Tyler Holloway, ’14, with the help of his mentor, physics Professor Ed Deveney, has built an optical trap. The project is something usually undertaken by graduate students, however, he and his mentor believe optics are a growing and important field. So last summer, Tyler built BSU’s first-ever optical trap as part of an ATP research project.
How does it work? Good question. Basically, it holds microscopic samples – such as DNA – in place so they can be used in experiments. As Tyler explains: “You take a standard microscope and a solution of water with a micrometer of fused silica beads floating in it. Then you aim a laser beam backward through the microscope objective that focuses the laser on the beads. Then, as they float by the beads get trapped in that focus. You bond your sample to the beads and it holds it in place and then you can test it however you want. “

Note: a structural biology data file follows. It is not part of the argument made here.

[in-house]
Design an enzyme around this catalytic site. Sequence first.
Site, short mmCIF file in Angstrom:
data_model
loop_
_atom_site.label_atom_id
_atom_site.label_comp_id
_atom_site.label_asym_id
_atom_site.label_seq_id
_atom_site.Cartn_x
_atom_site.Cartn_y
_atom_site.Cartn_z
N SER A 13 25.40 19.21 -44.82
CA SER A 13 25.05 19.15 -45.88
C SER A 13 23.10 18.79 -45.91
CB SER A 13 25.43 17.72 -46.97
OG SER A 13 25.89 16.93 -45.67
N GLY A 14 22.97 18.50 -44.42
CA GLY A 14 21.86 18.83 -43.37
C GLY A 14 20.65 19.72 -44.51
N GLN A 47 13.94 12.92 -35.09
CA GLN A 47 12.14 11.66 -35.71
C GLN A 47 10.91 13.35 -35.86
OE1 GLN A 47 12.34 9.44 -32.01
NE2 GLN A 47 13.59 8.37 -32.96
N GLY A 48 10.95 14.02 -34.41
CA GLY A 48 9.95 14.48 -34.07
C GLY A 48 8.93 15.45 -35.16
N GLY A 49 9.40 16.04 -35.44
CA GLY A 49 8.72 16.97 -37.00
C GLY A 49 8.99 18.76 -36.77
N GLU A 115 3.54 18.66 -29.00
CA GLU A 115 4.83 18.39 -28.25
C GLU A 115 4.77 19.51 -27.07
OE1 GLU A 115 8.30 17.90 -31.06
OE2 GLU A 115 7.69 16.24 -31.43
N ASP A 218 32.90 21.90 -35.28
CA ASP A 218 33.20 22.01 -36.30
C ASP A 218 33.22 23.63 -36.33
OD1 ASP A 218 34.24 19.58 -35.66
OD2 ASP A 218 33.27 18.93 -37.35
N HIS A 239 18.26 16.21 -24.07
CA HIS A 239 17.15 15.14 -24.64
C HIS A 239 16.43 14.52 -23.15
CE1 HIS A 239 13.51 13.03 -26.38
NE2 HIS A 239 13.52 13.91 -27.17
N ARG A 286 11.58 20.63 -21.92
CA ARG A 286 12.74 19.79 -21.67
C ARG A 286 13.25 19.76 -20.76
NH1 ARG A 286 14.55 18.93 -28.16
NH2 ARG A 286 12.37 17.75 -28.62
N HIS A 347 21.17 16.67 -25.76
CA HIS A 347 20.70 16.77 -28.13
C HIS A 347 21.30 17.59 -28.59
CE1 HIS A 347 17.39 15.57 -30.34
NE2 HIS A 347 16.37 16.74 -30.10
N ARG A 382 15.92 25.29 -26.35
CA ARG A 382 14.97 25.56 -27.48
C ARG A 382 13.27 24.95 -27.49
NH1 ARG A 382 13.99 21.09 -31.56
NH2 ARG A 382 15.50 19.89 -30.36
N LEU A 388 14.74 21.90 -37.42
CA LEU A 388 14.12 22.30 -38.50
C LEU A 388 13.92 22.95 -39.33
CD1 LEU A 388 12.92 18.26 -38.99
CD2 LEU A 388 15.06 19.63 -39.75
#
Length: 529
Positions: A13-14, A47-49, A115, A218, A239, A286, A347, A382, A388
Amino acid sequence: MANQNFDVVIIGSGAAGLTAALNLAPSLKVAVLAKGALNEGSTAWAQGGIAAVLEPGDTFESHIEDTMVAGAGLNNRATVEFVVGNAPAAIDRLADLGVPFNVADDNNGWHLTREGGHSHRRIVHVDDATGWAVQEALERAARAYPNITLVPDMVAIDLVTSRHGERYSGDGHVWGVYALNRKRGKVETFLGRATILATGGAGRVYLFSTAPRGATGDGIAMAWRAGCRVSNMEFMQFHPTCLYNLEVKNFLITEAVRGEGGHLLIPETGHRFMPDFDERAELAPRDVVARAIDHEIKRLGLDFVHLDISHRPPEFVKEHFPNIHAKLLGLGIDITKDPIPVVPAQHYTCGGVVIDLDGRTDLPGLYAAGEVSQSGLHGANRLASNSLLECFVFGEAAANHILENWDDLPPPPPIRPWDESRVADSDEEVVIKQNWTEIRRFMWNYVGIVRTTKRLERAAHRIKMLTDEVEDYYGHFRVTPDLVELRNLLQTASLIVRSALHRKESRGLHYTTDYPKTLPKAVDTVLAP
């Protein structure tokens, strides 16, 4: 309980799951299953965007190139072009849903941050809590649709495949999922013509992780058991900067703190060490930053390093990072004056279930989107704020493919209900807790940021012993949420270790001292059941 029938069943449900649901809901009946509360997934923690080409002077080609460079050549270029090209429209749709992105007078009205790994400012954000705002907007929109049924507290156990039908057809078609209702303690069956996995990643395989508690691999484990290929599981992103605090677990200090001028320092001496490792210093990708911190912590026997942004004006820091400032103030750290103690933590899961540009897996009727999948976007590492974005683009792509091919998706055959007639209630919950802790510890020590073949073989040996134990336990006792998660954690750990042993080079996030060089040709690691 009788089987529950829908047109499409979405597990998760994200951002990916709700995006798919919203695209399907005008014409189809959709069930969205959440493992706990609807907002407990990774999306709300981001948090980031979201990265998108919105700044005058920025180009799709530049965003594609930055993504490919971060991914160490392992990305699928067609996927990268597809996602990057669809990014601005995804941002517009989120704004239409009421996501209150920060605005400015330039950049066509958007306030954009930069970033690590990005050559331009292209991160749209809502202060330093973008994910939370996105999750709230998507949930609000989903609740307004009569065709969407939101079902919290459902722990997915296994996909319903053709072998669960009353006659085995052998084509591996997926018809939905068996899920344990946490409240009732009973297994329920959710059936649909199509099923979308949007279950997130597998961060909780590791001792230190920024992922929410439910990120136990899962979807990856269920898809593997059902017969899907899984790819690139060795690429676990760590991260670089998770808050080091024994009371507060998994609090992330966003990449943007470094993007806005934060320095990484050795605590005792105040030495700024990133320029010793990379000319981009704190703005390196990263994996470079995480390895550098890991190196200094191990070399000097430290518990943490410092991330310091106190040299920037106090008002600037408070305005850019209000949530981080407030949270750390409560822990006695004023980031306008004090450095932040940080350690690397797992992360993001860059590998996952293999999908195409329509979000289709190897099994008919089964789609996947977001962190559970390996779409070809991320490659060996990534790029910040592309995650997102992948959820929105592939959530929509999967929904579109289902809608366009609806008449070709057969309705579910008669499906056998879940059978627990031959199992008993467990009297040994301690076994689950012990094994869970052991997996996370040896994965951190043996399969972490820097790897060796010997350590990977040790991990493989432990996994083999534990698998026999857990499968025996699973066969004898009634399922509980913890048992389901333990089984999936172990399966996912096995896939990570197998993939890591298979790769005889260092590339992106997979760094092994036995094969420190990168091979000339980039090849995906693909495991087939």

Watch the video more information.
(Story by John Winters, G ’11; photo by Steve Rowell, ’17; video by Nicholas Allende, ’16; University Advancement)